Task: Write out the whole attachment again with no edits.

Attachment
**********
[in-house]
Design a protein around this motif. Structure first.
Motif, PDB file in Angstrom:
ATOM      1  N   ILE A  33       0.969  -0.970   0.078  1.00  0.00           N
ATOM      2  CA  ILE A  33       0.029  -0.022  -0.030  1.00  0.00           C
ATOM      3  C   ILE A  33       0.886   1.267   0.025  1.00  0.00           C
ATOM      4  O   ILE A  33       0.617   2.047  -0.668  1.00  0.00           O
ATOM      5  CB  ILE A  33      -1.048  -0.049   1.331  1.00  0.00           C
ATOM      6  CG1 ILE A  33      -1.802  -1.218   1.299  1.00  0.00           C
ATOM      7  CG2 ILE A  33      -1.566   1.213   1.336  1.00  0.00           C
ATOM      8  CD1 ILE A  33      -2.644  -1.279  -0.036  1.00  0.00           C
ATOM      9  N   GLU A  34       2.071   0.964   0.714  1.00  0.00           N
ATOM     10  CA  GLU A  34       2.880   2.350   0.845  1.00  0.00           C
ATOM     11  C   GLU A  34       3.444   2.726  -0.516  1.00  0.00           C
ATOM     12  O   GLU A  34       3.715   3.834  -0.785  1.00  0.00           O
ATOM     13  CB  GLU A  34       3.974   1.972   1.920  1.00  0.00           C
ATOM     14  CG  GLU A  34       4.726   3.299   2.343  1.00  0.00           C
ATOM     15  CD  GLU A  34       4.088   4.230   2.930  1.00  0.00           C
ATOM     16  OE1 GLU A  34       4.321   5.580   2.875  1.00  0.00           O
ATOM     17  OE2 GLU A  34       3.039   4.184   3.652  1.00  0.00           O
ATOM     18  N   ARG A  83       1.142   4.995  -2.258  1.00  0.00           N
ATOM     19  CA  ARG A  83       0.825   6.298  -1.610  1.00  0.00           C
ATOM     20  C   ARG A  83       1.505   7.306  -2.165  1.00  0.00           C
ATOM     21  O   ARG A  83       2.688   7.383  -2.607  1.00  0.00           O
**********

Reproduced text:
[in-house]
Design a protein around this motif. Structure first.
Motif, PDB file in Angstrom:
ATOM      1  N   ILE A  33       0.969  -0.970   0.078  1.00  0.00           N
ATOM      2  CA  ILE A  33       0.029  -0.022  -0.030  1.00  0.00           C
ATOM      3  C   ILE A  33       0.886   1.267   0.025  1.00  0.00           C
ATOM      4  O   ILE A  33       0.617   2.047  -0.668  1.00  0.00           O
ATOM      5  CB  ILE A  33      -1.048  -0.049   1.331  1.00  0.00           C
ATOM      6  CG1 ILE A  33      -1.802  -1.218   1.299  1.00  0.00           C
ATOM      7  CG2 ILE A  33      -1.566   1.213   1.336  1.00  0.00           C
ATOM      8  CD1 ILE A  33      -2.644  -1.279  -0.036  1.00  0.00           C
ATOM      9  N   GLU A  34       2.071   0.964   0.714  1.00  0.00           N
ATOM     10  CA  GLU A  34       2.880   2.350   0.845  1.00  0.00           C
ATOM     11  C   GLU A  34       3.444   2.726  -0.516  1.00  0.00           C
ATOM     12  O   GLU A  34       3.715   3.834  -0.785  1.00  0.00           O
ATOM     13  CB  GLU A  34       3.974   1.972   1.920  1.00  0.00           C
ATOM     14  CG  GLU A  34       4.726   3.299   2.343  1.00  0.00           C
ATOM     15  CD  GLU A  34       4.088   4.230   2.930  1.00  0.00           C
ATOM     16  OE1 GLU A  34       4.321   5.580   2.875  1.00  0.00           O
ATOM     17  OE2 GLU A  34       3.039   4.184   3.652  1.00  0.00           O
ATOM     18  N   ARG A  83       1.142   4.995  -2.258  1.00  0.00           N
ATOM     19  CA  ARG A  83       0.825   6.298  -1.610  1.00  0.00           C
ATOM     20  C   ARG A  83       1.505   7.306  -2.165  1.00  0.00           C
ATOM     21  O   ARG A  83       2.688   7.383  -2.607  1.00  0.00           O